Abiy Ahmed of Ethiopia became the first sitting black African leader to win the Nobel Peace Prize on Friday, an award that will boost one of the continent’s few genuine reformers against his powerful domestic enemies.
Passing over Greta Thunberg, the teenage environmentalist who had been odds-on favourite to secure the award, the Nobel Committee chose instead to bestow its highest honour on a peacemaker of a more traditional mould.
三级成人视频Africa’s youngest leader was named this year’s laureate in recognition of “his decisive initiative to resolve the border conflict with neighbouring Eritrea”, said Berit Reiss-Andersen, who chairs the Nobel Committee.
Within months of becoming prime minister in April last year, Mr Abiy, who is 43, dropped a longstanding Ethiopian claim to disputed border territory and flew into enemy territory to make Isaias Afwerki, Eritrea’s strongman ruler, an unconditional offer of permanent peace.
三级成人视频The subsequent peace treaty ended a conflict that killed tens of thousands in brutal trench warfare during the active phase of hostilities from 1998 to 2000, flared up periodically thereafter and spread instability across the Horn of Africa.
三级成人视频The deal prompted jubilation in both countries with long-separated families being reunited after the deal saw the border reopened, phone and air links restored and diplomatic relations re-established.
The Nobel Committee pointedly snubbed President Isaias, declining to offer him a share of the spoils. In sharp contrast to Mr Abiy, who has released thousands of political prisoners and lifted a ban of opposition parties, the Eritrean president remains one of Africa’s most autocratic leaders.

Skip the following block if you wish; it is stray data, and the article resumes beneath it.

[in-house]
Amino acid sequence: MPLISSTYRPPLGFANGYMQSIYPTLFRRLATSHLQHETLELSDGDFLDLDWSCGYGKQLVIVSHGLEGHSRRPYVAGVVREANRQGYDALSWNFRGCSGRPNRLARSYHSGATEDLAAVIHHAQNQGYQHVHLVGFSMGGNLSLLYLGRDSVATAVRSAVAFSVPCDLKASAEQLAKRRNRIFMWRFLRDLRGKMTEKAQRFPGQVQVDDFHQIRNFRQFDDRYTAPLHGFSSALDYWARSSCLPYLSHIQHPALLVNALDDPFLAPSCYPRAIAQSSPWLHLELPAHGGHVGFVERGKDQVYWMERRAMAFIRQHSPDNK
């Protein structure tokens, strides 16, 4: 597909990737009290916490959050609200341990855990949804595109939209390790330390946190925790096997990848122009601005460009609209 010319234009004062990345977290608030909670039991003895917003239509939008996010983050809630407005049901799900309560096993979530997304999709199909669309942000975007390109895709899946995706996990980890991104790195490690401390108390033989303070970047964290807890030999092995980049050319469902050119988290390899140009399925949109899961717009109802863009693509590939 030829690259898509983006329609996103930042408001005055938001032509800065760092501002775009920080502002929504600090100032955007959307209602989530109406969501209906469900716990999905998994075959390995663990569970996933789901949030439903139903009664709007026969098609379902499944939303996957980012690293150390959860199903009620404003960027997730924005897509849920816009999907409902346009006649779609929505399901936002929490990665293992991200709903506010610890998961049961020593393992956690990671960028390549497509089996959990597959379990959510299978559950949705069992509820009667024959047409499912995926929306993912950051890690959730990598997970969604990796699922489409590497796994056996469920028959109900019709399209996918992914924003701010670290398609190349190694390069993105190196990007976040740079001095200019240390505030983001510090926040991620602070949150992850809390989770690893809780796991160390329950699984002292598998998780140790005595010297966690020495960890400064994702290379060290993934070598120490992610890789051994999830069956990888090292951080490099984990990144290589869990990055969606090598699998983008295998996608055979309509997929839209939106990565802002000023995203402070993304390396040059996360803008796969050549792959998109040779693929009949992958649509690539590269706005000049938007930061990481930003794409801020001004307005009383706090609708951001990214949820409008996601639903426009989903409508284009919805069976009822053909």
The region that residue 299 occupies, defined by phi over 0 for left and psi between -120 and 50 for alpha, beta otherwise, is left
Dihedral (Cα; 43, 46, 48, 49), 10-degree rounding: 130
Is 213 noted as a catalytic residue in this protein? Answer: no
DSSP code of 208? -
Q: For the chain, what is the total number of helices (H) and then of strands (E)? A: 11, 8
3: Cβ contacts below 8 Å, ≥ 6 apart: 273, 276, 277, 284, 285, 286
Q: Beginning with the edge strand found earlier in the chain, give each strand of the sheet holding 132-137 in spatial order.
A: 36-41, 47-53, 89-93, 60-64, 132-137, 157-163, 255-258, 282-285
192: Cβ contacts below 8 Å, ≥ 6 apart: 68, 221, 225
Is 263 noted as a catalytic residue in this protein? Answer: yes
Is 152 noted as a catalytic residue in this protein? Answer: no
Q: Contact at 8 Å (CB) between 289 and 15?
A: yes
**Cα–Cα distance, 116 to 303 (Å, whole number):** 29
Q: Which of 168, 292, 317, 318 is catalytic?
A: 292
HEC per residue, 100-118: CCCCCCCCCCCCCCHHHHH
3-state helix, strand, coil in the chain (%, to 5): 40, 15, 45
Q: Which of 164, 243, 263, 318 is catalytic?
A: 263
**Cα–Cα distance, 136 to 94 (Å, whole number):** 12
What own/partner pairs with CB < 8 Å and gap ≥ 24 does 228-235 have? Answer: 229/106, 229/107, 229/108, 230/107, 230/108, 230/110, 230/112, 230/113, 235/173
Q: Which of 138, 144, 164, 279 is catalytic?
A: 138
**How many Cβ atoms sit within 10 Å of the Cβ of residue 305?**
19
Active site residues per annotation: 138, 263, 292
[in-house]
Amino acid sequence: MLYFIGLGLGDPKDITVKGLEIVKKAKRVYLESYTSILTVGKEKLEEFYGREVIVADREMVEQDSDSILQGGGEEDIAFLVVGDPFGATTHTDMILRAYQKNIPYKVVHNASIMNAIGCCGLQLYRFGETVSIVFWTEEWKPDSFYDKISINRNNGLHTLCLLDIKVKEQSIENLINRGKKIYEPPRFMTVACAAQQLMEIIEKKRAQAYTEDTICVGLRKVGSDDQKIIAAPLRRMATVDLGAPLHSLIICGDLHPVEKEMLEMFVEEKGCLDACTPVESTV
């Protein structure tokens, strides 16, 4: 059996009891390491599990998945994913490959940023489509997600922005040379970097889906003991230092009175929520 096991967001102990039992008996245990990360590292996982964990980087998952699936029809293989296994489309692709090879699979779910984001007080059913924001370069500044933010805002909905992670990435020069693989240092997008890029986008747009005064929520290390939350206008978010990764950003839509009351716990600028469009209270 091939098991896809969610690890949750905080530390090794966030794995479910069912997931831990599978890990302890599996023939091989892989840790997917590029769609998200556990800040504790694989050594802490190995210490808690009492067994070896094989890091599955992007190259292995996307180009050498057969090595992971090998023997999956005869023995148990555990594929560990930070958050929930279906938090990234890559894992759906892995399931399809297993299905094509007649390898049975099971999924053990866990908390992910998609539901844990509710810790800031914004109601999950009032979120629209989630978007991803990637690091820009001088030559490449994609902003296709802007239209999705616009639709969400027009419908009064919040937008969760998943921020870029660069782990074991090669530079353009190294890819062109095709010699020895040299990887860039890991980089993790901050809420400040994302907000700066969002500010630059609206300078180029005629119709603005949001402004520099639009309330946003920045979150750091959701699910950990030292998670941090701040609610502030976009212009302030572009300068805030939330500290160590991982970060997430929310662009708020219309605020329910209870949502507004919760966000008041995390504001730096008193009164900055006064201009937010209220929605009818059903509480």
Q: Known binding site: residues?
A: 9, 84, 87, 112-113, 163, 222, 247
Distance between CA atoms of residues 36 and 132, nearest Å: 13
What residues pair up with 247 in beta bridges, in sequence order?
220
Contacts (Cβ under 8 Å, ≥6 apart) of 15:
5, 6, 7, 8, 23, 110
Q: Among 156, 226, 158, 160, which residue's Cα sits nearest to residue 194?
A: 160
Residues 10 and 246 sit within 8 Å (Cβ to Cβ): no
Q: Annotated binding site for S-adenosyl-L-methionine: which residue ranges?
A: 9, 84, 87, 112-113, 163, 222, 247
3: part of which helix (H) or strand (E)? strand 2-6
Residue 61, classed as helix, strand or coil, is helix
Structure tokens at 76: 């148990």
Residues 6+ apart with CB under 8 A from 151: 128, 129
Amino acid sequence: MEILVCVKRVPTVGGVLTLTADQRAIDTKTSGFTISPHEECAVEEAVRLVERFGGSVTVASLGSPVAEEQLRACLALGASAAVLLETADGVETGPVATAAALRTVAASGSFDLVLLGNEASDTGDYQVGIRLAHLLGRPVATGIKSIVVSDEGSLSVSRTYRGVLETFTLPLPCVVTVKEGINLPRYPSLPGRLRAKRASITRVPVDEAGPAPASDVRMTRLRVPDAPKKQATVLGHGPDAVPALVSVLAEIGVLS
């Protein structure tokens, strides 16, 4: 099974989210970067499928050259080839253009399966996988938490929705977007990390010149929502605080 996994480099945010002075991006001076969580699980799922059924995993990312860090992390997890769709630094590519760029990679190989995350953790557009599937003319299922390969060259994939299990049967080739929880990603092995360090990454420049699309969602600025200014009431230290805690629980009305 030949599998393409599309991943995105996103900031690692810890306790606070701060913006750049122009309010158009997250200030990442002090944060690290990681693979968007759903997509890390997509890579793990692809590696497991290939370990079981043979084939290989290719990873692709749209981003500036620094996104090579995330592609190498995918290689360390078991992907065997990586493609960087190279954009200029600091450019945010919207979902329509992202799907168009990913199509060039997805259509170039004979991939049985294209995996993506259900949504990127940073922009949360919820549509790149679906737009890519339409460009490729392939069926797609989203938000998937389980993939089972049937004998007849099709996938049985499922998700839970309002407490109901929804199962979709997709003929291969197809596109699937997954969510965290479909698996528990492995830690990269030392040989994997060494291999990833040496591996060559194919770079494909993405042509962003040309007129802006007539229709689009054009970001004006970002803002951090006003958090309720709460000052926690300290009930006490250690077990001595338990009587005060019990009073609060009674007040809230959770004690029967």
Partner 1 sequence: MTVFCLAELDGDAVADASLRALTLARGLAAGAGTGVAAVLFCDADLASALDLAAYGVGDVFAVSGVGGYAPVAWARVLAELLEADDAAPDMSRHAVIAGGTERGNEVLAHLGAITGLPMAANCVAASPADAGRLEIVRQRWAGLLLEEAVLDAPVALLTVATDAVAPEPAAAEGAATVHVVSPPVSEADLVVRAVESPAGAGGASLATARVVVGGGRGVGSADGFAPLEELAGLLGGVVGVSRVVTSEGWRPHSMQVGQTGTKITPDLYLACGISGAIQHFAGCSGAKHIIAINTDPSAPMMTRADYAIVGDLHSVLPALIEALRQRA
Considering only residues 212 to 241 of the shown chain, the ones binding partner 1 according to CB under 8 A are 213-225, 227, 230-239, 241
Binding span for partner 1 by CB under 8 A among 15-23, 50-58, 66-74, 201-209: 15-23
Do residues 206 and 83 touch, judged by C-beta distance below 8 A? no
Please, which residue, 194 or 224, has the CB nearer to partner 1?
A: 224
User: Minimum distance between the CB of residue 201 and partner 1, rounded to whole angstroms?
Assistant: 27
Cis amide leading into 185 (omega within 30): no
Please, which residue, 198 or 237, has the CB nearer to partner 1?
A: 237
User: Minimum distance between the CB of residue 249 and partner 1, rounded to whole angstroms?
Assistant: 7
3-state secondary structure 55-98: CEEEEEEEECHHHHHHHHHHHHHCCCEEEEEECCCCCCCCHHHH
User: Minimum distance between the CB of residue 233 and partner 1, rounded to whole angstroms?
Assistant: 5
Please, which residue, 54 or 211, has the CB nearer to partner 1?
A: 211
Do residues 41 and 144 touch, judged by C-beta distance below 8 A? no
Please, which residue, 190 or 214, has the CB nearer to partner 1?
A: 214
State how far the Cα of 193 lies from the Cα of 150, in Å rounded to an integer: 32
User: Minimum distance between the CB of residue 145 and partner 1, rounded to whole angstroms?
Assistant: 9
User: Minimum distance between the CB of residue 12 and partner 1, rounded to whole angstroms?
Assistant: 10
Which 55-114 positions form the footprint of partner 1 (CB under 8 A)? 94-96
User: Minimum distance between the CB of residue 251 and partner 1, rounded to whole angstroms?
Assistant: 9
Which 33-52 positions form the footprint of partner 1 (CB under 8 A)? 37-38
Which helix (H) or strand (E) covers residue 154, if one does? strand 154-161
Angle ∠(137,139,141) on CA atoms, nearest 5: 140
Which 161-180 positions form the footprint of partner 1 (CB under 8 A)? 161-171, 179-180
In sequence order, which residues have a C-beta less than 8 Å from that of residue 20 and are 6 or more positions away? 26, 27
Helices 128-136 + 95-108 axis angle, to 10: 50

He has also attracted international condemnation by sealing the border again and refusing to end a brutal system of national service that kept many young Eritreans locked in indefinite conscription in conditions activists liken to slave labour.
三级成人视频“The Eritrean government will be less than happy as it shows Isaias in a very poor light,” said Martin Plaut, a researcher at the Commonwealth Studies and the author of Understanding Eritrea: Inside Africa’s Most Repressive State. “But President Isaias has contributed next to nothing to the peace.”
While Eritrea’s tightly controlled media largely ignored the award, there was euphoria in Addis Ababa, Ethiopia’s capital.
三级成人视频“This Nobel Prize is seen not only as recognition of Abiy’s efforts but also of the resilience of the Ethiopian people,” said Hallelujah Lulie, a political analyst in the city.
The most significant impact of Mr Abiy’s award is likely to be felt at home, where it could shore up his fragile domestic position三级成人视频. After decades of dictatorship, the prime minister bypassed the old-guard establishment in almost Trumpian style as he unleashed reforms at a breathtaking pace.
He earned plenty of enemies as a result, surviving an assassination attempt last year and putting down what he called a coup三级成人视频 during a brief but violent regional insurrection in June that led to the deaths of several government officials and the country’s army chief.
Powerful ethnic militias held in check under Mr Abiy’s authoritarian predecessors have also taken advantage of the laxer atmosphere to launch violent attacks against their rivals.
三级成人视频More than 1,000 people were killed last year and 3m fled their homes.
By winning the Nobel prize, the prime minister will enhance his credibility among his own people, Mr Plaut said, potentially making it more difficult to unseat him.
It should also boost his chances in an election next year. Ironically, the award could also place pressure on Mr Abiy to avoid the temptation of returning to repression in a bid to secure his position and rein in instability.
Some rights groups expressed concern after dozens of opposition activists and journalists accused of fanning ethnic tensions were arrested after June's violence.
三级成人视频“This award should push and motivate him to tackle the outstanding human rights challenges that threaten to reverse the gains made so far,” said Kumi Naidoo, secretary general of Amnesty International.
Nelson Mandela is the only other black African leader to be awarded the Nobel Peace Prize, but he won it a year before coming to office in 1994. He shared it with F.W de Klerk, South Africa's white president at the time.